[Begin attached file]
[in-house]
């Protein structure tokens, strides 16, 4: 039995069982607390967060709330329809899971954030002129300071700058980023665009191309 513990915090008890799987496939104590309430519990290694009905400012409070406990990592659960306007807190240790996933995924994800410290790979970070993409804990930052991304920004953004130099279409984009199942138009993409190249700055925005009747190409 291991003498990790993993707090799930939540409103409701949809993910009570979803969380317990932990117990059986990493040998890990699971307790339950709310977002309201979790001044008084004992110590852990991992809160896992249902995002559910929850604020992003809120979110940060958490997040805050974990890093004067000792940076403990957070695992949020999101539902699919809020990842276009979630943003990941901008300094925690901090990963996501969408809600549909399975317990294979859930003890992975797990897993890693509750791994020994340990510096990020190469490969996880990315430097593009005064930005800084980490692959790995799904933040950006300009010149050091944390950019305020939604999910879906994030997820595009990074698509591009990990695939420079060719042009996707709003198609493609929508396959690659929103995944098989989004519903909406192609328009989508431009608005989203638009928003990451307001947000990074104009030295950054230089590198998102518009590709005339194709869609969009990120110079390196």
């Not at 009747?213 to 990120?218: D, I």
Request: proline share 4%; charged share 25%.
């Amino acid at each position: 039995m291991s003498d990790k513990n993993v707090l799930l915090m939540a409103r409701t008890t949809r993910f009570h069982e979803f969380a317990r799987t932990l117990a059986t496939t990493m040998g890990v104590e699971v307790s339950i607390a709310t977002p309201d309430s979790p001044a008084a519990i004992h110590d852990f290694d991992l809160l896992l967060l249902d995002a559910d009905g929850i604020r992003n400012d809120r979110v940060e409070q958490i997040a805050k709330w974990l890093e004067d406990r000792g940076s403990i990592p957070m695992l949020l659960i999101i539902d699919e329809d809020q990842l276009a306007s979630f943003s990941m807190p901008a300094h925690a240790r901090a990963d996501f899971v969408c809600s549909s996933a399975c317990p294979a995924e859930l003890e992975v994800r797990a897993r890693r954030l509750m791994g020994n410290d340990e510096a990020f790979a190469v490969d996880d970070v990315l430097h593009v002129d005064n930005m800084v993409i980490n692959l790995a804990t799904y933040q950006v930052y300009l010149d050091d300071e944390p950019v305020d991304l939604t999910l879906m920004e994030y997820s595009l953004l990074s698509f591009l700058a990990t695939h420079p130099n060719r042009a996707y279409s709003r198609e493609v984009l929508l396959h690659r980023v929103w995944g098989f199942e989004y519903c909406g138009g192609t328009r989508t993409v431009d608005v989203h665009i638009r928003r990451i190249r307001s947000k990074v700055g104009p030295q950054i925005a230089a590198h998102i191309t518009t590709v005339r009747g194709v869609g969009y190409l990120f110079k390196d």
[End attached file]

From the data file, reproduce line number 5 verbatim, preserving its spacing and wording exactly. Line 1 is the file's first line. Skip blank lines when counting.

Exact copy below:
């Amino acid at each position: 039995m291991s003498d990790k513990n993993v707090l799930l915090m939540a409103r409701t008890t949809r993910f009570h069982e979803f969380a317990r799987t932990l117990a059986t496939t990493m040998g890990v104590e699971v307790s339950i607390a709310t977002p309201d309430s979790p001044a008084a519990i004992h110590d852990f290694d991992l809160l896992l967060l249902d995002a559910d009905g929850i604020r992003n400012d809120r979110v940060e409070q958490i997040a805050k709330w974990l890093e004067d406990r000792g940076s403990i990592p957070m695992l949020l659960i999101i539902d699919e329809d809020q990842l276009a306007s979630f943003s990941m807190p901008a300094h925690a240790r901090a990963d996501f899971v969408c809600s549909s996933a399975c317990p294979a995924e859930l003890e992975v994800r797990a897993r890693r954030l509750m791994g020994n410290d340990e510096a990020f790979a190469v490969d996880d970070v990315l430097h593009v002129d005064n930005m800084v993409i980490n692959l790995a804990t799904y933040q950006v930052y300009l010149d050091d300071e944390p950019v305020d991304l939604t999910l879906m920004e994030y997820s595009l953004l990074s698509f591009l700058a990990t695939h420079p130099n060719r042009a996707y279409s709003r198609e493609v984009l929508l396959h690659r980023v929103w995944g098989f199942e989004y519903c909406g138009g192609t328009r989508t993409v431009d608005v989203h665009i638009r928003r990451i190249r307001s947000k990074v700055g104009p030295q950054i925005a230089a590198h998102i191309t518009t590709v005339r009747g194709v869609g969009y190409l990120f110079k390196d």